ACEI/ARBs do not induce in-hospital mortality in COVID-19 patients
The use of angiotensin-converting enzyme inhibitors (ACEI) or angiotensin receptor blockers (ARB) does not contribute to in-hospital mortality among patients with the novel coronavirus disease (COVID-19) and is safe in those with indications, suggests a Singapore study.
“This result concurs with the recommendations made by major international professional societies to not discontinue ACEI/ARB in patients with relevant indications,” the researchers said, adding that such finding will help guide physicians in caring for patients with COVID-19 on these medications.
All studies evaluating the use of ACEI/ARB and reporting the in-hospital mortality outcomes in COVID-19 patients were identified by searching PubMed, Embase, Google Scholar, and clinicaltrials.gov between 1 January 2020 and 30 May 2020. Nine nonrandomized studies were included in the analysis.
A total of 8,313 patients were involved, of whom 7,622 (91.7 percent) were from studies with all-comers, while 691 (8.3 percent) were from those with only hypertensive patients. There were 577 (14.6 percent) in-hospital deaths reported out of 3,949 patients with an outcome in the nine studies. [Singapore Med J 2020;doi:10.11622/smedj.2020159]
No significant difference was observed in in-hospital mortality between patients on ACEI/ARB and those not on the said medications (odds ratio [OR], 1.06, 95 percent confidence interval [CI], 0.75–1.50; p=0.73). Similar results were seen in sensitivity analyses in the hypertensive group (OR, 0.88, 95 percent CI, 0.58–1.32; p=0.53) and all-comers group (OR, 1.85, 95 percent CI, 1.00–3.43; p=0.05).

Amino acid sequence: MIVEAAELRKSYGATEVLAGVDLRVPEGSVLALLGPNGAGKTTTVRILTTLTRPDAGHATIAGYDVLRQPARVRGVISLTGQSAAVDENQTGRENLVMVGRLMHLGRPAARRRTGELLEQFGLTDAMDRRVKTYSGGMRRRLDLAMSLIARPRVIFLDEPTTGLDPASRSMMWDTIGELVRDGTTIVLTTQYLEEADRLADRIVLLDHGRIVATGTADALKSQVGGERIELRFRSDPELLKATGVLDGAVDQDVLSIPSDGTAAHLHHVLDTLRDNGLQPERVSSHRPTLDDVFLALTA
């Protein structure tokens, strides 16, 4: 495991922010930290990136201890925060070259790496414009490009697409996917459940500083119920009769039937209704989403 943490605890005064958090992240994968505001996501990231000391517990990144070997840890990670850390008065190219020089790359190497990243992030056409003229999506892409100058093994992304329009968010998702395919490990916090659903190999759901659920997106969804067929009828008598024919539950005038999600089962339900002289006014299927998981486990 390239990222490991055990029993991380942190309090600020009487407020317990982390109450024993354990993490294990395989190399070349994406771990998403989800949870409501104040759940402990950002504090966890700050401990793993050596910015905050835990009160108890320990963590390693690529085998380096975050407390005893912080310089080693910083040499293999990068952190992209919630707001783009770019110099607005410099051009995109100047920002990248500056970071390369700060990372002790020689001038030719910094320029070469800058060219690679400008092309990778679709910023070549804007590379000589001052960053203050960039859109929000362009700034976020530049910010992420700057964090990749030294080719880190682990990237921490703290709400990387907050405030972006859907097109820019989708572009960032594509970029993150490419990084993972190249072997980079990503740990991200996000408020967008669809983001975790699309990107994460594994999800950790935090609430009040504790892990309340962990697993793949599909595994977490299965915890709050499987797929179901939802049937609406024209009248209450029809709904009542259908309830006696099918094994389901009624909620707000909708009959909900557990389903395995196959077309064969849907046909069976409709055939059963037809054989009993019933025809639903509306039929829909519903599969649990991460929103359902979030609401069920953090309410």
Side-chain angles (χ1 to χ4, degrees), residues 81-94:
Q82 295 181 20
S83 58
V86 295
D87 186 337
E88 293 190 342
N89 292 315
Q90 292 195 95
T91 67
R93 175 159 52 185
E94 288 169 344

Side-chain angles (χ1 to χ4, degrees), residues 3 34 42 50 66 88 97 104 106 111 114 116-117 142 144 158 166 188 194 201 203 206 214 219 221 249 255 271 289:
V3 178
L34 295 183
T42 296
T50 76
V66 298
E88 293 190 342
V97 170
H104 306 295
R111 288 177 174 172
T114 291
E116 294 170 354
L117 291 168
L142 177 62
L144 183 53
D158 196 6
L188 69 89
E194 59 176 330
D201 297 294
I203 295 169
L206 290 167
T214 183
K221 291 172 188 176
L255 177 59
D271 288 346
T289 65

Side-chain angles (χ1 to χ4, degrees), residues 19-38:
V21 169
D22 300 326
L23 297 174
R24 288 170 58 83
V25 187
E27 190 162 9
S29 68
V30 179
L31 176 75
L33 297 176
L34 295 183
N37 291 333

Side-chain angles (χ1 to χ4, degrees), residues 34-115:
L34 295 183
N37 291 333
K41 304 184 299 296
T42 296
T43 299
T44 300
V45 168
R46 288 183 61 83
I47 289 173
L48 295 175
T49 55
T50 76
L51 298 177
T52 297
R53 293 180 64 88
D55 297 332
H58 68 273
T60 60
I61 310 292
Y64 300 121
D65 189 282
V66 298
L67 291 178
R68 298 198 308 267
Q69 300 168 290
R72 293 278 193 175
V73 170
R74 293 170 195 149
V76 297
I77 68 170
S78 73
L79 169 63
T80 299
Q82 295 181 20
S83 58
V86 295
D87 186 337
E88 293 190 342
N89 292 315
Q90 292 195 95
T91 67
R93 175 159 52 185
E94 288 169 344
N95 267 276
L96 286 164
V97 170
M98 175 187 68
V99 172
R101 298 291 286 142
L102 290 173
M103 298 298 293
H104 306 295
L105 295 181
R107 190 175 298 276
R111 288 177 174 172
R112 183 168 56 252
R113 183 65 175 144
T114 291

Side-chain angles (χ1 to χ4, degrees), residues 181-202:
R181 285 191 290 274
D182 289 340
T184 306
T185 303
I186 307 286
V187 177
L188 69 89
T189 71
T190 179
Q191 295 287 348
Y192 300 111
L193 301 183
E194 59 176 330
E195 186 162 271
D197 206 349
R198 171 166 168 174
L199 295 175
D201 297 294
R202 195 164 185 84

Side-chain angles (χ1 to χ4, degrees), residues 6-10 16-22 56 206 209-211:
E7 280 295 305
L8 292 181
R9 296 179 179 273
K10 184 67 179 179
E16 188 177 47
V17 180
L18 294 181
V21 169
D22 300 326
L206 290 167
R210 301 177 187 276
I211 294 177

The findings that ACEI/ARB had no effect on in-hospital mortality in COVID-19 patients were consistent with the positional statement of major international professional societies, such as the American College of Cardiology, American Heart Association, Heart Failure Society of America, and European Society of Cardiology. [https://www.escardio.org/Councils/Council-on-Hypertension-(CHT)/News/positionstatement-of-the-esc-council-on-hypertension-on-ace-inhibitors-and-ang; https://www.acc.org/latest-incardiology/articles/2020/03/17/08/59/hfsa-acc-aha-statement-addresses-concerns-re-usingraas-antagonists-in-covid-19]
The concerns on the effect of ACEI/ARB on the outcomes of COVID-19 patients stemmed from both previous and recent studies showing that angiotensin-converting enzyme 2 (ACE2) is the cellular entry point and mediator of infection and transmission not only in severe acute respiratory syndrome coronavirus (SARS-CoV), the coronavirus that caused the 2003 SARS outbreak, but also in SARS-CoV-2, the causative agent of COVID-19. [Nature 2003;426:450-454; Trends Pharmacol Sci 2004;25:291-294; Nature 2020;579:270-273]
“However, this concern regarding the use of ACEI/ARB in patients with COVID-19 has not been proven in clinical studies,” the researchers said. “At the same time, it has been postulated that ACEI/ARB may have a beneficial effect on patients with COVID-19, with evidence of downregulation of ACE2 expression by SARS-CoV-2.” [Sci China Life Sci 2020;63:364-374]
In addition, a previous study has shown that renin-angiotensin-aldosterone system (RAAS) activation plays a critical role in acute respiratory distress syndrome (ARDS). Another study reported that downregulation of ACE2 by SARS-CoV exacerbates lung injury in mice models, suggesting that RAAS system modulation could improve outcomes in ARDS. [Crit Care 2017;21:305; Nat Med 2005;11:875-879]
“Moreover, stopping essential medications that are guideline-recommended treatment for hypertension, heart failure, and kidney failure, among other indications, can have deleterious effects on patients’ blood pressure and haemodynamics,” the researchers said.